HOUSTON, TX (Aug. 31, 2010) – For Wendy Cohen, daughter of Holocaust survivor Bill Morgan, not knowing what the family her father was forced to leave behind looked like was an unbearable agony. He had to leave with nothing, not even a photograph.
Holocaust survivor Walter Kase with artist Lois Gibson and portrait of his sister, Rysia.
“Having visited his hometown, the ghetto where his family was last seen alive and all the various hiding places which enabled him to survive, I was able to put some closure to a lot of unanswered questions, but the most important piece of my father’s past was still left to my imagination,” she said. “What did his family look like?”
Shortly after Yom HaShoah services in April this year, she recalls standing next to her father. “During the service, he was very upset and said, ‘I can still remember their faces.’”
Only a few days later, Cohen was watching the evening news when a story broke about a criminal wanted by police and a sketch was shown of the suspect. “I realized that it may be possible to bring to light the faces of family members lost by Holocaust survivors,” she said.
The result was a new project at Holocaust Museum Houston – the “Soul Survivor Project” funded by Cohen and her husband Howard – that aims to give Houston-area survivors something more tangible to remember lost relatives by than just a memory – the faces of their loved ones as they remember them.
Cohen contacted Holocaust Museum Houston and then the Houston Police Department, who referred her to forensic artist Lois Gibson, billed by The Guinness Book of World Records as “The World’s Most Successful Forensic Artist,” and Gibson agreed to use her skills to help survivors recall their families.
Gibson’s sketches have helped law enforcement bring in more than 1,060 criminals, and she has appeared on numerous national television programs for her law enforcement work over the years. But she had never done this type of recall work before.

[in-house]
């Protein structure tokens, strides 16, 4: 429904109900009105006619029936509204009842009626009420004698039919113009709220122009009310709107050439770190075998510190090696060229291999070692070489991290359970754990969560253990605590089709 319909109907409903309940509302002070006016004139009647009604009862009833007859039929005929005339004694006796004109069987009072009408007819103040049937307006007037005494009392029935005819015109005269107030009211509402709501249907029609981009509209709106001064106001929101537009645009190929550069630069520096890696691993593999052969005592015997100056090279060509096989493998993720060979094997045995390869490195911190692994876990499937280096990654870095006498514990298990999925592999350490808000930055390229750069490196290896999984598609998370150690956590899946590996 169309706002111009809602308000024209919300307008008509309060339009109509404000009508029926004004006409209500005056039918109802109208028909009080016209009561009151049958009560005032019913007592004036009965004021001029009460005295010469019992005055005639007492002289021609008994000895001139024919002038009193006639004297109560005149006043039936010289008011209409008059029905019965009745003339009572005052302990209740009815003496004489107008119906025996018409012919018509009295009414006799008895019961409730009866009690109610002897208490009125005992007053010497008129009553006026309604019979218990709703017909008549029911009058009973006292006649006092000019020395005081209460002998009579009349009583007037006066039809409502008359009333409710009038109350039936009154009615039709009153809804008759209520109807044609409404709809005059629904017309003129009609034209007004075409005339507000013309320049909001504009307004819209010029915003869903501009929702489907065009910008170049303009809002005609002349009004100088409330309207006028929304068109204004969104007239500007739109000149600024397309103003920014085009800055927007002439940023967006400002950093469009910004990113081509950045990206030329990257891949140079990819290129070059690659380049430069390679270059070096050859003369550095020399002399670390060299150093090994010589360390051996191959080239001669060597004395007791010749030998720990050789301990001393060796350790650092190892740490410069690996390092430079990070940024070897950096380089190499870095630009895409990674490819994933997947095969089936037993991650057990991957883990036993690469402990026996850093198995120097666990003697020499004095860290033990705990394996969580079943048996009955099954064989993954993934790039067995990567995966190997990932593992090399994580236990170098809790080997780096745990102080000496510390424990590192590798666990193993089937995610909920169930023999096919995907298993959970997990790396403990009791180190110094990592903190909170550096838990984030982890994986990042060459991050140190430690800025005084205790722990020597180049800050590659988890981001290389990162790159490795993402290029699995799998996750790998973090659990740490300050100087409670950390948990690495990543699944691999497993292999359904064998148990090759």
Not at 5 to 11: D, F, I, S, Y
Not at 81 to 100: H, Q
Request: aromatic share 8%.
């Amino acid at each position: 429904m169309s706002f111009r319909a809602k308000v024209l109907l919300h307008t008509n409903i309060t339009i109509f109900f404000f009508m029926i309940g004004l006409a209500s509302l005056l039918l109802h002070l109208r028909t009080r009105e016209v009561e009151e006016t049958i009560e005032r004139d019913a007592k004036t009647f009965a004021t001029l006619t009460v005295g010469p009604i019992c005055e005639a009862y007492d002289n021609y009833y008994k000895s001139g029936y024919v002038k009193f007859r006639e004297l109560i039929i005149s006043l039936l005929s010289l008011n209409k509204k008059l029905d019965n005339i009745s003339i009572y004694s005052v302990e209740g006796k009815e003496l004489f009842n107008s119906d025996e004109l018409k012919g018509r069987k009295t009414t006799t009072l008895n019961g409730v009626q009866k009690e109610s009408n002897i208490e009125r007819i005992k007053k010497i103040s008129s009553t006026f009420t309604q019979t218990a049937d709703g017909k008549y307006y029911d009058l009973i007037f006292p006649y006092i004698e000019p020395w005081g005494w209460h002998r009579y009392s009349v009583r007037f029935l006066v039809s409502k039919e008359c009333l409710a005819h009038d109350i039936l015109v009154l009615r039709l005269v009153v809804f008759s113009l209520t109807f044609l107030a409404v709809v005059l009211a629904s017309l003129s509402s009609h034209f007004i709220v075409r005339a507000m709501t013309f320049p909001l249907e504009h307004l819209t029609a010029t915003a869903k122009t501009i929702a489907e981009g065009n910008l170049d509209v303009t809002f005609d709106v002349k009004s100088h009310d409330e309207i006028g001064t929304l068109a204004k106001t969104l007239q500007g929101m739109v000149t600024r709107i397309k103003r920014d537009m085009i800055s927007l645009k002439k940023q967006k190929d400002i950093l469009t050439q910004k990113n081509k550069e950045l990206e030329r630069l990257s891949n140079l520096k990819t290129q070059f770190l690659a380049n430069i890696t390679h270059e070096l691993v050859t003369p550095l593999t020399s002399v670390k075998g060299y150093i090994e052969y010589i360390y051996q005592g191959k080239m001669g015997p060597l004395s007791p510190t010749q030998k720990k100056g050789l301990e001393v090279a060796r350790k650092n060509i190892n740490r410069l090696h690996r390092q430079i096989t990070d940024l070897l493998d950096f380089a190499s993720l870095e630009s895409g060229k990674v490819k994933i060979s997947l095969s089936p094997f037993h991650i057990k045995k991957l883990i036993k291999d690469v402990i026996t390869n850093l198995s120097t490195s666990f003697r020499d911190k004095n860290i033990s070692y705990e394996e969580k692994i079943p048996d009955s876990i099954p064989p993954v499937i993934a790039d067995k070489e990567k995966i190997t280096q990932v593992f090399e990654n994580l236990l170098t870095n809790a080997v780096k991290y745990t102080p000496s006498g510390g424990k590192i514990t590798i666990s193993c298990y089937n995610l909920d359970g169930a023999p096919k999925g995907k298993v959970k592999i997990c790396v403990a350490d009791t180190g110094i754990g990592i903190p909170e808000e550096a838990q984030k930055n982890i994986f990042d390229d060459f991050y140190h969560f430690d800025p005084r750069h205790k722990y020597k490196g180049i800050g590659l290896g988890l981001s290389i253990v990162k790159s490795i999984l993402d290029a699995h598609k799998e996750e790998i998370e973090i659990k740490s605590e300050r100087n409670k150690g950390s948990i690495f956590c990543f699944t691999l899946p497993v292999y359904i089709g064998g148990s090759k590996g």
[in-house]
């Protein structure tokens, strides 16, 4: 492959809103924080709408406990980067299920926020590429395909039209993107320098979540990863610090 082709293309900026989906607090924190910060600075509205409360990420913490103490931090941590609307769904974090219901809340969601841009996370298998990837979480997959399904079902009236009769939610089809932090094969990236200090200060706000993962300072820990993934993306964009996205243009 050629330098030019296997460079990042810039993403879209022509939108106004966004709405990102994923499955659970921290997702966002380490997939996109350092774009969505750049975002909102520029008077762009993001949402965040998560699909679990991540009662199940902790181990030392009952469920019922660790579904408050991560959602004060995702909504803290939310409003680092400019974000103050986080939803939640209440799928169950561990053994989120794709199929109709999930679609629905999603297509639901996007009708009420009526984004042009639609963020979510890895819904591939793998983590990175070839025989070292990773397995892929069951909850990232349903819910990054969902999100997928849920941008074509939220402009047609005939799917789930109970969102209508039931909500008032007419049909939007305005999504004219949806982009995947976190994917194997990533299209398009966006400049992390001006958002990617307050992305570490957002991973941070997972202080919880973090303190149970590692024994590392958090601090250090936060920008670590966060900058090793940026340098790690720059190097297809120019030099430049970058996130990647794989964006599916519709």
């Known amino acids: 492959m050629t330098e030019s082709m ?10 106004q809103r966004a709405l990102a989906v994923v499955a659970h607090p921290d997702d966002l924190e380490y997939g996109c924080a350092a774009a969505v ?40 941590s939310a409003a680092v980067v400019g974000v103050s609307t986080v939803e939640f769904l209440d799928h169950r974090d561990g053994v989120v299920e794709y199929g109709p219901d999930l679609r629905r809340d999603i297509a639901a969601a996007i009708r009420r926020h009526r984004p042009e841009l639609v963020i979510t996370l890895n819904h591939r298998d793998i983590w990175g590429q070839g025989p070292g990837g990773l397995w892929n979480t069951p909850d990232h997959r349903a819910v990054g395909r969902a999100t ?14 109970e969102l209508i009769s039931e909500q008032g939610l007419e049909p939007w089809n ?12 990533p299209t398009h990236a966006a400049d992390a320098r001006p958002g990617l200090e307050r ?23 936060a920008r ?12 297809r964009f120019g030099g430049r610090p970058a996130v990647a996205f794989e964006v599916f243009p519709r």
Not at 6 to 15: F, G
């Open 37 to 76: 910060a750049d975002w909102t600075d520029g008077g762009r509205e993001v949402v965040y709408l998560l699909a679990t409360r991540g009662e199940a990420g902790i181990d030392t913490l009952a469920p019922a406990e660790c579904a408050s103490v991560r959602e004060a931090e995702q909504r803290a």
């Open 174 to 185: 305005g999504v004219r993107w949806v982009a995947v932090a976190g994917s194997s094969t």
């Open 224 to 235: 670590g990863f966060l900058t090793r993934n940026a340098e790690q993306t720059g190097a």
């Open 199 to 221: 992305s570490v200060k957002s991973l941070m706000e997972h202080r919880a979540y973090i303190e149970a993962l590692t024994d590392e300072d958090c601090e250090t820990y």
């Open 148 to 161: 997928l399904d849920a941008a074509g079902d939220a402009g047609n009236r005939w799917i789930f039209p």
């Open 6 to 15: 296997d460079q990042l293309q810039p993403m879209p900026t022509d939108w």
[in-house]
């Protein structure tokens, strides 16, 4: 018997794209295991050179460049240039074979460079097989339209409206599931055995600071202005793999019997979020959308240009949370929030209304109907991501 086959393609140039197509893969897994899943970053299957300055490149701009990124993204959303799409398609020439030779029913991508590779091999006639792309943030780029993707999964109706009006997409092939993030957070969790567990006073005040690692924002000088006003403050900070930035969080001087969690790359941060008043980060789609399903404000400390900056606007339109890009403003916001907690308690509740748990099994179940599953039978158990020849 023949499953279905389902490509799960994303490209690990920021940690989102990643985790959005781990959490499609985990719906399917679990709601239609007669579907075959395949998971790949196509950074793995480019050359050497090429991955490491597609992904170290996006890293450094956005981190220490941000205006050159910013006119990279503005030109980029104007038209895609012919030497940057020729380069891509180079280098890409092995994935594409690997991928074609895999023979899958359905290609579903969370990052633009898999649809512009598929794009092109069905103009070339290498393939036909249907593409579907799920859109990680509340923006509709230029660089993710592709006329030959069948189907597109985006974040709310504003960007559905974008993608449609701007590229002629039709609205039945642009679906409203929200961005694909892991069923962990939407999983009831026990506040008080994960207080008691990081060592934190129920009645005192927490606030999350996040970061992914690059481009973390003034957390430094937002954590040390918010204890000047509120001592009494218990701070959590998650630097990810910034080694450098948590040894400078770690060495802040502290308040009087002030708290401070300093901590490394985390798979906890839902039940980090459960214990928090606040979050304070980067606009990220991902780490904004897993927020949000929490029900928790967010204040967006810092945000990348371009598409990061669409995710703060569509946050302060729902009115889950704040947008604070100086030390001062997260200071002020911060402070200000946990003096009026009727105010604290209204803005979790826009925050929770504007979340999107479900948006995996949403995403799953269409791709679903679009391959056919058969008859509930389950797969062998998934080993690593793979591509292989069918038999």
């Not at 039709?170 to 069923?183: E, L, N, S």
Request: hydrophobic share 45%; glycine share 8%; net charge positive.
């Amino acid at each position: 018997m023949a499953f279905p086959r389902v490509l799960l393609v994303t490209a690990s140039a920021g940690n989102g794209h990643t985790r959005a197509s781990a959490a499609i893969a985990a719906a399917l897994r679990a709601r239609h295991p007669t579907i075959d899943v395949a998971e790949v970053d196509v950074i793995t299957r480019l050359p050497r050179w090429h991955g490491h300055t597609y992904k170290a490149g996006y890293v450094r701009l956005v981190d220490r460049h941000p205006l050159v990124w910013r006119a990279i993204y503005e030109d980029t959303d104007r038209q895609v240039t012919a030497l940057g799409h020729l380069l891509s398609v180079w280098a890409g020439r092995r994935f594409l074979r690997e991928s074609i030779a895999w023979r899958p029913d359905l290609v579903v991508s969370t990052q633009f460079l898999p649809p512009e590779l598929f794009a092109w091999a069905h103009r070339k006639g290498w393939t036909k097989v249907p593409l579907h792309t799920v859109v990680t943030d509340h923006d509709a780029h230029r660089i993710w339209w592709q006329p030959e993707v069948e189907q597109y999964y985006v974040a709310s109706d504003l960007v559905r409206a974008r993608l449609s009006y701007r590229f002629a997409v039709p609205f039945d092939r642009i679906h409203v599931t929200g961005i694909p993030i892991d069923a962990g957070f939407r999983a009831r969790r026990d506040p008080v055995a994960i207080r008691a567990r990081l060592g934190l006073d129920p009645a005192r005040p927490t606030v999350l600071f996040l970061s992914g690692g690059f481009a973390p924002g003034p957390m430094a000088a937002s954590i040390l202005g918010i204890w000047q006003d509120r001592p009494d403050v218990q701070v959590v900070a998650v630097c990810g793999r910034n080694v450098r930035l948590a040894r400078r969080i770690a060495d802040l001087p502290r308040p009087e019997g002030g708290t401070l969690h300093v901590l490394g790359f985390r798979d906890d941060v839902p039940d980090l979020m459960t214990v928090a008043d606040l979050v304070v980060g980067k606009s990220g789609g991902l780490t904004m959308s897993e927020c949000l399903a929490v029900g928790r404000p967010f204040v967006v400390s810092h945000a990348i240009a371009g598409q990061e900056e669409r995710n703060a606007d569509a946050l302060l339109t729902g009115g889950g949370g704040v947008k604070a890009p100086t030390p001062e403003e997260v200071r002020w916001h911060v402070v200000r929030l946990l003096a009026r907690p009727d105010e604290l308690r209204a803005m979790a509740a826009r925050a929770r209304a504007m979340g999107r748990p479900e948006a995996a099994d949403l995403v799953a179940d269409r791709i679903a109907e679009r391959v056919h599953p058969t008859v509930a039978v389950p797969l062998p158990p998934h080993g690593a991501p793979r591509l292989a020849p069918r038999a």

“The drawings I am doing for these survivors are much different from the drawings I do for law enforcement agencies,” Gibson said. “I am able to make the drawings I am doing for these Holocaust survivors into beautiful portraits of people that are loved. The police sketches are of hated, wanted criminals. My burden for the Holocaust survivors is huge; I need to create a lasting image of someone who was taken away in a most brutal manner. I need to give them a lasting portrait so that loved ones image won’t be lost to the following generations of relatives.”
Gibson sits with each survivor for one to two hours and listens as they describe the face of a relative lost in the Holocaust. The end results are lifelike portraits that eventually will be placed on exhibit at the Museum. So far, four have been completed, but the Museum hopes to continue the project as long as funding permits.
“The sketches for my Holocaust survivors are easier in that my ‘witness’ who is describing the individual has seen them much more often and for a longer time than my crime witnesses,” Gibson said. “However, the immense grief at having lost their loved one in such a horrendous way and all the other struggles and losses they went through during that time cause them to block more of their memories than victims of street crimes. It has been a struggle laced with grief to have them relive seeing those faces again after all these years.”
“It is impressive,” said survivor Walter Kase, whose youngest sister Rysia was lined up with other children in a Jewish ghetto in Poland and shot to death. “It is exactly as I remember her,” he said of her drawing.
Holocaust Museum Houston is dedicated to educating people about the Holocaust, remembering the 6 million Jews and other innocent victims and honoring the survivors' legacy. Using the lessons of the Holocaust and other genocides, the Museum teaches the dangers of hatred, prejudice and apathy.
Holocaust Museum Houston’s Morgan Family Center is free and open to the public and is located in Houston’s Museum District at 5401 Caroline St., Houston, TX 77004. For more information about the Museum, call 713-942-8000 or visit www.hmh.org.